What is Imagery in Poetry? Definition, Tips, and Examples


Poetic expression can take many forms to encapsulate the richness of a scene, sound, or feeling.

One of the ways poets play to the reader’s imagination to their advantage by painting a picture with words is the use of imagery.

Imagery, in simple words, is the use of language and words that create a sensory experience in the reader’s imagination.

It is the creative use of language so that whatever the experiences the poet went through can be felt by the reader as well.

In this article, we will look at what exactly is meant by imagery, what are its types, why is it important, and how you can identify imagery the next time you pick up a book of verse.

So without further ado, let’s get into the definition of imagery.

What is Imagery in Poetry (Definition)?

Imagery in poetry is simply defined as that property of language by which a poet paints a picture with words.

Poets use language as a medium to convey feelings by painting pictures and sounds that make us feel nostalgic, free, sad, happy, or any other emotion.

The word imagery by itself may suggest a relation only to visuals or images, but that’s not correct.

Imagery, in its poetic sense, encapsulates all the expressions of language that appeal to our senses, be that touch, smell, taste, sight, or sound.

Furthermore, imagery in poetry can also produce certain feelings in a reader that are a direct result of reading a poem.

Therefore, it is wrong to assume that imagery has only got to do with the sense of sight or images.

How Do You Identify Imagery in Poetry?

Writers and poets are often told to ‘show, not tell’ as a piece of advice on how to write better and create lasting impressions in their reader’s minds.

Imagery in poetry is used to fill in those sensory details so that we, as the readers, are enamored and yet feel connected to the scene described by the poet.

But how do you identify poetic imagery?

The obvious clue is to look for figurative language. It can be hard to identify first, but if you notice how poets do it, it becomes harder not to recognize. Here’s an example from Daffodils by William Wordsworth:

I wandered lonely as a cloud

That floats on high o’er vales and hills,

When all at once I saw a crowd,

A host, of golden daffodils;

Beside the lake, beneath the trees,

Fluttering and dancing in the breeze.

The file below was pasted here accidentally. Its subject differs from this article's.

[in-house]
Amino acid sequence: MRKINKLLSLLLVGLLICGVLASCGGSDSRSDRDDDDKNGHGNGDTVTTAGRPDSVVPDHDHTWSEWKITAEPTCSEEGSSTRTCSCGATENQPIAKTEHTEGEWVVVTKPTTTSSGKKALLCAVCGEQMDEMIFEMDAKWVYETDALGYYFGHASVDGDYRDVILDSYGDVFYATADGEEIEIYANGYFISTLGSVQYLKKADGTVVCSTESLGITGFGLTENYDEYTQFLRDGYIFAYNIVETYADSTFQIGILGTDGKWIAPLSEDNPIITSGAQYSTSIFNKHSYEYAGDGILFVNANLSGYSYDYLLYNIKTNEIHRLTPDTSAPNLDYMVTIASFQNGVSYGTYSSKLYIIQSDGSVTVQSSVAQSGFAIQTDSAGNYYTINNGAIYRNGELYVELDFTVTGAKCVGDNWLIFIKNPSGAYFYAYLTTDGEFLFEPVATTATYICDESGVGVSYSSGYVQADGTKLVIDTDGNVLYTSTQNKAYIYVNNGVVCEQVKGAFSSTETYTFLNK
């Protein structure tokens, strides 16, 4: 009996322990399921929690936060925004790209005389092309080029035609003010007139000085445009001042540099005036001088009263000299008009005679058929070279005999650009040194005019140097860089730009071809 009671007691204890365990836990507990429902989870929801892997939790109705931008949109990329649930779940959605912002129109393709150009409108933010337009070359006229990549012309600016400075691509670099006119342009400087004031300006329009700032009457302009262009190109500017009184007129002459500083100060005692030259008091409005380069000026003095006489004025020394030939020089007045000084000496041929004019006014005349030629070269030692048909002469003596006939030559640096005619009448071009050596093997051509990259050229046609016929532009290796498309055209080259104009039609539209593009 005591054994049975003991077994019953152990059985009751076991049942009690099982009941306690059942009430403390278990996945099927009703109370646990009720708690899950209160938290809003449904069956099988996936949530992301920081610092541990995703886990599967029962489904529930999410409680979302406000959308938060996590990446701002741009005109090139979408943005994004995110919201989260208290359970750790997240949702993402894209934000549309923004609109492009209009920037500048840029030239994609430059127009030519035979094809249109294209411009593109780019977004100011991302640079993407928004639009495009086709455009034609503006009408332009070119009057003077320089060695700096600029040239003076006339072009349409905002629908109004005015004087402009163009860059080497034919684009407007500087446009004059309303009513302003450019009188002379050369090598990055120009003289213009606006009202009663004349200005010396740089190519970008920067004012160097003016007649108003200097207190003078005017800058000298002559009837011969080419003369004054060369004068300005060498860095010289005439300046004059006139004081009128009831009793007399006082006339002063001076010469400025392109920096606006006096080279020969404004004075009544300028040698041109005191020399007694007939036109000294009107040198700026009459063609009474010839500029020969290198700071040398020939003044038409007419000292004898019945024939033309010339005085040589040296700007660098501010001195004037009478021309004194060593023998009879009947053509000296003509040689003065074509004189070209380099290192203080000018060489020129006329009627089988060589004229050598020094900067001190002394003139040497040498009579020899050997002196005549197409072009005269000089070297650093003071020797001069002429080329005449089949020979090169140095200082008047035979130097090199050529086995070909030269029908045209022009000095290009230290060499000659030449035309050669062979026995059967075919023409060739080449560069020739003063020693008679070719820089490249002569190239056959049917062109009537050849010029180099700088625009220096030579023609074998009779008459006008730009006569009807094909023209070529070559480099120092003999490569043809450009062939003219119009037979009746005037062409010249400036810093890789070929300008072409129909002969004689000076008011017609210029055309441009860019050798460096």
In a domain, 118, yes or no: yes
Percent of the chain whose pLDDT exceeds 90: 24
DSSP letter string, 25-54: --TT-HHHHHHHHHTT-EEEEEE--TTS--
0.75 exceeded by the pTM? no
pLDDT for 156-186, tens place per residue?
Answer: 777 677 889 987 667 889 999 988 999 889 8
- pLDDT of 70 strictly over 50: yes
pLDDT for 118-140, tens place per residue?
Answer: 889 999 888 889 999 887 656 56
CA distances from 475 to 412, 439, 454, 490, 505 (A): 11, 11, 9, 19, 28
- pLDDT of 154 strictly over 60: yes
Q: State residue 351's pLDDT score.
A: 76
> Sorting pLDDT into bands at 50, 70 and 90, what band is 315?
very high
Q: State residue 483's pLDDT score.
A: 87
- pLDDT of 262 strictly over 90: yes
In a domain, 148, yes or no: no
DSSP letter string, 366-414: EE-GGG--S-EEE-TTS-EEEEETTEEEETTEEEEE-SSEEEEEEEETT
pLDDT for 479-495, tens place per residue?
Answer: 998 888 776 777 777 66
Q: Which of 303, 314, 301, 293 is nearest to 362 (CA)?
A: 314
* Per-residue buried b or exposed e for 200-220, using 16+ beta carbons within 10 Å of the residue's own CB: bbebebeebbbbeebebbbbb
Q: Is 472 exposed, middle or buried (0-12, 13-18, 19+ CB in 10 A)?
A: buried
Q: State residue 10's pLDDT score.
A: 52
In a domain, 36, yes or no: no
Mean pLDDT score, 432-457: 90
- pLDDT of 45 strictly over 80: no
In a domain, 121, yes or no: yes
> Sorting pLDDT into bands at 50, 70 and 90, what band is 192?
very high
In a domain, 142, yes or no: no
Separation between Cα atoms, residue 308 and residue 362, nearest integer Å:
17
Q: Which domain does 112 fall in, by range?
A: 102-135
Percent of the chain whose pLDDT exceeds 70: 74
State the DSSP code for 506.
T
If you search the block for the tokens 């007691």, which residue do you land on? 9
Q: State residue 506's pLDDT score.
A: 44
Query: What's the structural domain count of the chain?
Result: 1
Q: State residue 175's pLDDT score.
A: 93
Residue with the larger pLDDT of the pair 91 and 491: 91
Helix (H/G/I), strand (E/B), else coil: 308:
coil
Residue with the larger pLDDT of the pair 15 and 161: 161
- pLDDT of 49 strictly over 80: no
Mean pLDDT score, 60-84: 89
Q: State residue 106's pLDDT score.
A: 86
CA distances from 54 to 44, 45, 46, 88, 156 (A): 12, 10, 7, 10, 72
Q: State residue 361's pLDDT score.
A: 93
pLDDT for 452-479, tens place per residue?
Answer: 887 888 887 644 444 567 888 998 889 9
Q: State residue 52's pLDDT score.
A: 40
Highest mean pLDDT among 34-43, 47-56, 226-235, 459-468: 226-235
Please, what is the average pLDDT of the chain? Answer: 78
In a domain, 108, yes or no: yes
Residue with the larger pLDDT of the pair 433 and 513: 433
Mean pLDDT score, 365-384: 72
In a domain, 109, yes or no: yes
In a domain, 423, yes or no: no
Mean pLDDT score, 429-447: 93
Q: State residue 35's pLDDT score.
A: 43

For oft, when on my couch I lie

In vacant or in pensive mood,

They flash upon that inward eye

Which is the bliss of solitude;

And then my heart with pleasure fills,

And dances with the daffodils.

In the poem above, you can see how the poet compares his walk to the wanderings of a lonely cloud, and then further in the poem, we get to meet the dancing daffodils as if they are happy and reveling in the breeze that sweeps across the vale.

Here is an excerpt from the poem The Shell by James Stephens:

AND then I pressed the shell

Close to my ear

And listened well,

And straightway like a bell

Came low and clear

The slow, sad murmur of the distant seas

In the excerpt above, you can see that the overwhelming sensation in the poem is related to the sense of hearing.

As you can see in the examples above, the poet has described a scene in a way that best corresponded to the feeling of the poet at the time.

While reading the daffodils, one is unmistakably transported to a more natural setting, close to nature, and a wholesome feeling sweeps across you.

In the poem The Shell, on the other hand, the mood is obviously a little more somber.

Why is Imagery in Poetry Important?

Imagery in poetry is a great way to draw the reader’s imagination into the piece.

So instead of just reading as an outsider, you feel how the poet felt, visit the same places and memories as the poet, and experience an event on an emotional level.

Poets use imagery to convey subtler and abstract emotions by recreating scenes through words that would evoke emotions.

Figurative language tools like simile, metaphor, and onomatopoeia are used to describe scenes, tastes, smell, touch, and sound so that we feel that we are part of the scene, going through the same internal and external, sensory and psychological experience.

Here is a poem by Robert Frost called Stopping by the Woods on a Snowy Evening:

Whose woods these are I think I know.

His house is in the village though;

He will not see me stopping here

To watch his woods fill up with snow.

My little horse must think it queer

To stop without a farmhouse near

Between the woods and frozen lake

The darkest evening of the year.

He gives his harness bells a shake

To ask if there is some mistake.

The only other sound’s the sweep

Of easy wind and downy flake.

The woods are lovely, dark, and deep.

But I have promises to keep,

And miles to go before I sleep,

And miles to go before I sleep.

You can see the use of visual imagery by the phrase “his woods fill up with snow”, and there is also auditory imagery as well as is evident from the phrases, “gives his harness bells a shake”, and “easy wind and downy flake”.